What if a person can be introduced as a successful magician, a bullfighter with a short stint in the bullring, or one of the most popular radio actors in the 30s and 4s? When he made Citizen Kane in 1941, legendary director Orson Welles was all of this and much more. Welles, who is considered as the most celebrated director of all time by some critics, led an eventful and cinematic life inside and outside the cinema. He started his life in cinema at the age of 25 and the rest is an important part of Hollywood history.
He shifted his concentration into the cinema after making his mark in the radio as an actor and gathered considerable fan following for his baritone voice. The legend goes like this, when he was narrating the 1938 radio adaptation of H G Wells’ novel, The War of the Worlds as a part of his radio anthology series The Mercury Theatre, the listeners took it for a real emergency radio announcement against an alien invasion and the news spread like wildfire, creating panic.
In this interesting and spicy conversation, Welles talks about everything under the sun except his movies, because he hated to talk about them. But, the flashes of references uncover a multitude of a man, who was fondly and enviously called “the quadruple threat” in the 40s, because of his versatility with the four traits, acting, directing, producing, and writing.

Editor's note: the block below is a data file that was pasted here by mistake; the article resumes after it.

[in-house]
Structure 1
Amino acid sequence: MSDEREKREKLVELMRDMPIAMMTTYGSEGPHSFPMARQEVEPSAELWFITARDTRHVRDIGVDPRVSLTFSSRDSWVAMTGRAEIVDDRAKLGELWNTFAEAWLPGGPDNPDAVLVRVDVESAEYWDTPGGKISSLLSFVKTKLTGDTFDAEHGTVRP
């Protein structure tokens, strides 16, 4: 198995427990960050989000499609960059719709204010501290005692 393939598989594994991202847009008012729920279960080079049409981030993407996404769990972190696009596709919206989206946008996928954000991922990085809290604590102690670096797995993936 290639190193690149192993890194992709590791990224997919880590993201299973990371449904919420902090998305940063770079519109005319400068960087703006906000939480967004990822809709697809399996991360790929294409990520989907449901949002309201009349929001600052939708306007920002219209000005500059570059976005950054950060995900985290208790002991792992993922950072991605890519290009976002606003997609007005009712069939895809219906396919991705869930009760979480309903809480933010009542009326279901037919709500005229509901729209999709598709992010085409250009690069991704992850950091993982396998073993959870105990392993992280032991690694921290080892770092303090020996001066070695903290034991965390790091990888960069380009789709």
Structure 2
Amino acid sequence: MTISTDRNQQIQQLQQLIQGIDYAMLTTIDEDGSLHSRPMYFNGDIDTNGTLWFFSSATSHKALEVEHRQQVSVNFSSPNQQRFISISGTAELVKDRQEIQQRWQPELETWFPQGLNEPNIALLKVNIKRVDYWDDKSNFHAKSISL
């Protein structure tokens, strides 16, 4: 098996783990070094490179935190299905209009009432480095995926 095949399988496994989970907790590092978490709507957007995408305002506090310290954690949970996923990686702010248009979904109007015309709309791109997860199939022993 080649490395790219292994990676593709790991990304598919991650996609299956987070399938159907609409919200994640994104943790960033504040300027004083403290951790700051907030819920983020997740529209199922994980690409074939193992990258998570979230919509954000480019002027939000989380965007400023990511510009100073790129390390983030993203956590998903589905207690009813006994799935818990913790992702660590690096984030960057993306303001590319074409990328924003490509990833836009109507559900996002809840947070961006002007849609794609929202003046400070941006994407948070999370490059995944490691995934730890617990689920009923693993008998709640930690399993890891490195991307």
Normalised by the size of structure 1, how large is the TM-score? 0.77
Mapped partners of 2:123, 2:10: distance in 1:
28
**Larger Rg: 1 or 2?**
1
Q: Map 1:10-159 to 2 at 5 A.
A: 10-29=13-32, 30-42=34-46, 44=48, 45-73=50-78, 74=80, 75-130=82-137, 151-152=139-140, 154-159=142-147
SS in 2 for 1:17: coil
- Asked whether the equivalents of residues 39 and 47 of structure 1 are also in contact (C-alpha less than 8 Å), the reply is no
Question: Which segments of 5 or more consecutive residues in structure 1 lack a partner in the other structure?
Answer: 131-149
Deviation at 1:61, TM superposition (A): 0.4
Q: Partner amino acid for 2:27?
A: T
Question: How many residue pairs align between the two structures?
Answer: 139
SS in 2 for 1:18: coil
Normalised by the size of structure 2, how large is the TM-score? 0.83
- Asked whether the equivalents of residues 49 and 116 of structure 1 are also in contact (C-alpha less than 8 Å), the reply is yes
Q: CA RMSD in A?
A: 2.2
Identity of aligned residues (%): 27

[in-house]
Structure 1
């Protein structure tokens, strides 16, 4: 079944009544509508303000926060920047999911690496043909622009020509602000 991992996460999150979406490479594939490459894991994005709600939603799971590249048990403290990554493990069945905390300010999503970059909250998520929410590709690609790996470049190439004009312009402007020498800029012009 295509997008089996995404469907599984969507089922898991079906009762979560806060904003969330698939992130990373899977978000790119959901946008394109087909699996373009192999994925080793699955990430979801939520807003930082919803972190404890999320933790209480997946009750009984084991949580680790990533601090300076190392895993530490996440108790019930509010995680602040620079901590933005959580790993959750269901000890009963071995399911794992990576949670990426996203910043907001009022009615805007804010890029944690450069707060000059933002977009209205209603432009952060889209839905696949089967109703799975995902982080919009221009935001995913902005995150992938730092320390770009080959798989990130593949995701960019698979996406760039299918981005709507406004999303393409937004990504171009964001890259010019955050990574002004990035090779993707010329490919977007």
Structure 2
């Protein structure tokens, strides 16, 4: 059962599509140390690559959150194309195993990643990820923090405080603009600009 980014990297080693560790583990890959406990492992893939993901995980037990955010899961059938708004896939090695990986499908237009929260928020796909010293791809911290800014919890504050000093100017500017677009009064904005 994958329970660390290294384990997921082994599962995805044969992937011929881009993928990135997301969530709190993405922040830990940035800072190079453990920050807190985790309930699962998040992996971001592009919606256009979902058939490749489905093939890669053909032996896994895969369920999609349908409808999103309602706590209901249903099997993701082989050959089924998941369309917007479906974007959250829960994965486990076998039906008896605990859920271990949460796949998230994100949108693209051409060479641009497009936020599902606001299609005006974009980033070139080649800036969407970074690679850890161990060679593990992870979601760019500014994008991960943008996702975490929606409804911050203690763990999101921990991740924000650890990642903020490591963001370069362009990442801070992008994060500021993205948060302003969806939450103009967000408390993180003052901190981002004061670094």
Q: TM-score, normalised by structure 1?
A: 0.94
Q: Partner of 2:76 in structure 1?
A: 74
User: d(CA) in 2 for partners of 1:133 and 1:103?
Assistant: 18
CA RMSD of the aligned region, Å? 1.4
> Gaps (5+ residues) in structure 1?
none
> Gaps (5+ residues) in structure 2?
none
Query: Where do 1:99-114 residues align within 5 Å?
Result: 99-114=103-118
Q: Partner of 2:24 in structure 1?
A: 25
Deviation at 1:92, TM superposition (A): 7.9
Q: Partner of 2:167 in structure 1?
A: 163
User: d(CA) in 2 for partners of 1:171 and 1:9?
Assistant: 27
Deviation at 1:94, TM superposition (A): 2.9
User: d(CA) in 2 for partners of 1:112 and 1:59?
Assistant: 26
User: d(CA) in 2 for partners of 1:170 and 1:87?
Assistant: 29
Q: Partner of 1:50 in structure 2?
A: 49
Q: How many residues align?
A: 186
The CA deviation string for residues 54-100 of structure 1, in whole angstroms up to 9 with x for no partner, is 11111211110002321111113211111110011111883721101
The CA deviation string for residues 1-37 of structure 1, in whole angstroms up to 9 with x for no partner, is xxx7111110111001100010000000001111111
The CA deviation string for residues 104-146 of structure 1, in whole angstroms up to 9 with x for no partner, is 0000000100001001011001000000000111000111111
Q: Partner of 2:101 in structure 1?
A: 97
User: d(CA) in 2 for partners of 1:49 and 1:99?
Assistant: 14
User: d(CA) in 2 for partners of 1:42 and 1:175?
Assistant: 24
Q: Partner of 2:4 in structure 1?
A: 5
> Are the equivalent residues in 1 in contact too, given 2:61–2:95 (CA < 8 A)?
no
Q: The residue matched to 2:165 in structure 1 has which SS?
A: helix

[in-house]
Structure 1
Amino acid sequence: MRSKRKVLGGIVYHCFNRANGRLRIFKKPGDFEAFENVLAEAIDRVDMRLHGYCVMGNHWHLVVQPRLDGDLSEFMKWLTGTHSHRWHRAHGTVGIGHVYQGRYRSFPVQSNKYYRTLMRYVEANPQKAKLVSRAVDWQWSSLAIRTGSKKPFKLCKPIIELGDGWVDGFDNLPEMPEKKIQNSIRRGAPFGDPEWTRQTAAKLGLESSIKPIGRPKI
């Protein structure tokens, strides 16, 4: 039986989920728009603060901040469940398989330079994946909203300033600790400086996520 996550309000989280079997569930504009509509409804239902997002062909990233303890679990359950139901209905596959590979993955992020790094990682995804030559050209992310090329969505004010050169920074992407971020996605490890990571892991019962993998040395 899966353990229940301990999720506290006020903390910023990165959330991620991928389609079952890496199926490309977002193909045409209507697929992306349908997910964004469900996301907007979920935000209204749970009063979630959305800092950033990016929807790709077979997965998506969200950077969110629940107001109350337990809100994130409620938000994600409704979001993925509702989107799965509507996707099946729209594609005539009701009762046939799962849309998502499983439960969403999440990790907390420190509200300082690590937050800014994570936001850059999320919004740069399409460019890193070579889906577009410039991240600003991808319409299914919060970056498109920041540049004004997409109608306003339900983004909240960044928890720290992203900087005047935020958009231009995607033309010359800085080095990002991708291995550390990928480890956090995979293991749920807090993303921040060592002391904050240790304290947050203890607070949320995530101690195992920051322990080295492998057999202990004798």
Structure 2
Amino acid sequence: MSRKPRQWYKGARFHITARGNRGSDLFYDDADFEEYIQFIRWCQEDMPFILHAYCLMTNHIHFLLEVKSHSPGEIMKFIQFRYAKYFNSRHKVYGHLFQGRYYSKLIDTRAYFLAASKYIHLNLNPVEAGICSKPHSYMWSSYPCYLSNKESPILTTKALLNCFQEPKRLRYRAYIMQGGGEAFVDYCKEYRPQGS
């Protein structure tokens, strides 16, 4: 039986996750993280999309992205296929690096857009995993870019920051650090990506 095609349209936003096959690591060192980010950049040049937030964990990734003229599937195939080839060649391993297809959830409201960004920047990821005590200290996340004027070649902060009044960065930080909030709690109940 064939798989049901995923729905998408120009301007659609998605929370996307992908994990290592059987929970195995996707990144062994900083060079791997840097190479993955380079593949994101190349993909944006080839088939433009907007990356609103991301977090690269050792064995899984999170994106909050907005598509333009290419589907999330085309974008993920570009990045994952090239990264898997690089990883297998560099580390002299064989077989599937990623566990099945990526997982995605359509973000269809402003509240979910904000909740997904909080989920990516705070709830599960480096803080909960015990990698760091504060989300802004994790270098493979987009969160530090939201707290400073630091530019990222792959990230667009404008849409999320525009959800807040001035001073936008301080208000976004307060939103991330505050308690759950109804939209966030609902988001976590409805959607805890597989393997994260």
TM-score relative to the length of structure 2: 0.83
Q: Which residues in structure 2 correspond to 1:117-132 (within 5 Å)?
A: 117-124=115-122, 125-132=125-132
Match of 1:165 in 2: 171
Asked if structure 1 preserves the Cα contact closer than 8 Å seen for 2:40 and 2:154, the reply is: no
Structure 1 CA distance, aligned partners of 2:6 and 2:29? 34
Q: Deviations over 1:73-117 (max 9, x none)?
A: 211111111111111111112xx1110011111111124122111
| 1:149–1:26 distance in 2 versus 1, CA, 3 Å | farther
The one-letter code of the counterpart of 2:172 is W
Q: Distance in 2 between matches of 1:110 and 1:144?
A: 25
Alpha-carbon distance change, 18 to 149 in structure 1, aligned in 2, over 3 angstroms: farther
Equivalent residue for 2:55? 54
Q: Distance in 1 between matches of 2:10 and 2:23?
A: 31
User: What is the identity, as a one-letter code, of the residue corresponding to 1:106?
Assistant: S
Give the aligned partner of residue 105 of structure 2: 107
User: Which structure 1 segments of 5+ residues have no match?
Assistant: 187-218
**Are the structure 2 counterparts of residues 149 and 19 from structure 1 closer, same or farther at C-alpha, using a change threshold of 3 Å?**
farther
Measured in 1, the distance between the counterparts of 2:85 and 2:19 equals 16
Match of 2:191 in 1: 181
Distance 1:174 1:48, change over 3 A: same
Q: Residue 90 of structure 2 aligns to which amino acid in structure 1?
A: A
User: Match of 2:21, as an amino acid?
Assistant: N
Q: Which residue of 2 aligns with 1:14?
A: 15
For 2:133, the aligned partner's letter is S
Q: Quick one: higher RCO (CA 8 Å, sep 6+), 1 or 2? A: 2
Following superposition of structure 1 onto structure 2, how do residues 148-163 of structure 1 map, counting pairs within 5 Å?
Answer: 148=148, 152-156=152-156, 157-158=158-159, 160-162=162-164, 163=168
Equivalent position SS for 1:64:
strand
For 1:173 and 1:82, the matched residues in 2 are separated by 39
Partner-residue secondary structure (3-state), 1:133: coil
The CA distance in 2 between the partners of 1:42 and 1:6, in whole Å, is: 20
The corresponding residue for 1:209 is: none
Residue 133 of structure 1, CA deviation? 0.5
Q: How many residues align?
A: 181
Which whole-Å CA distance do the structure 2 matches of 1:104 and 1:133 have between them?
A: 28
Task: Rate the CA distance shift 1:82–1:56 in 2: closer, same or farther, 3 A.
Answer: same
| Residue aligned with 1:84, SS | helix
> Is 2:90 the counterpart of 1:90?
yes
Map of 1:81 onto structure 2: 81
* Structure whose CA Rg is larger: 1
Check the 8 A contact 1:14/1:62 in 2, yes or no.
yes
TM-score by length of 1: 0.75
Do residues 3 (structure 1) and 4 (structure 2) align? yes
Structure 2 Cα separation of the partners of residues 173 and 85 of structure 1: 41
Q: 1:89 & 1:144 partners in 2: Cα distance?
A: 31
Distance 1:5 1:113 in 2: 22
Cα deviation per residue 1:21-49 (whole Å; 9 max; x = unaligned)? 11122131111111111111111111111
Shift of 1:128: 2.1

Welles’s provocative and tensed engagement with the imposing Hollywood studio system began with his debut feature, Citizen Kane in 1941. The movie became a milestone in the history of cinema, with far reaching influences on film noir movies in the 40s. Some critics even wrote that modern cinema really began with Citizen Kane. The movie has topped almost all the polls to find the best movie ever made and keeps influencing filmmakers from all over the world for its stunning, atmospheric noir style.
Welles insisted his cinematographer, Gregg Toland, to use deep focus shots that highlight the foreground and background alike. He was also obsessed with unusual camera angles, innovative sound techniques he developed in radio and haunting long takes. He even used longer takes more than five minutes long, that reframing continuously to make feel the viewers the dynamics of the scene. Welles was an actor’s director and distinguished them neither man nor woman, but a third sex. He categorized those performances as true, which reference to, reflect or exhaust the essential commonly held ideals of a culture.
Most of his movies were brutally edited or not released because of the disagreements between Welles and the producers. Eventually, he joined the avant-garde, independent league of Maya Darren and Kenneth anger because of his turbulent engagements with the studio system and subsequent bankruptcy. No other filmmaker in world cinema had pushed the boundaries of the medium wider like Welles and it’s a revelation to listen to the filmmaking giant talks.
Written By: Ragesh Dipu
Photo by Central Press/Getty Images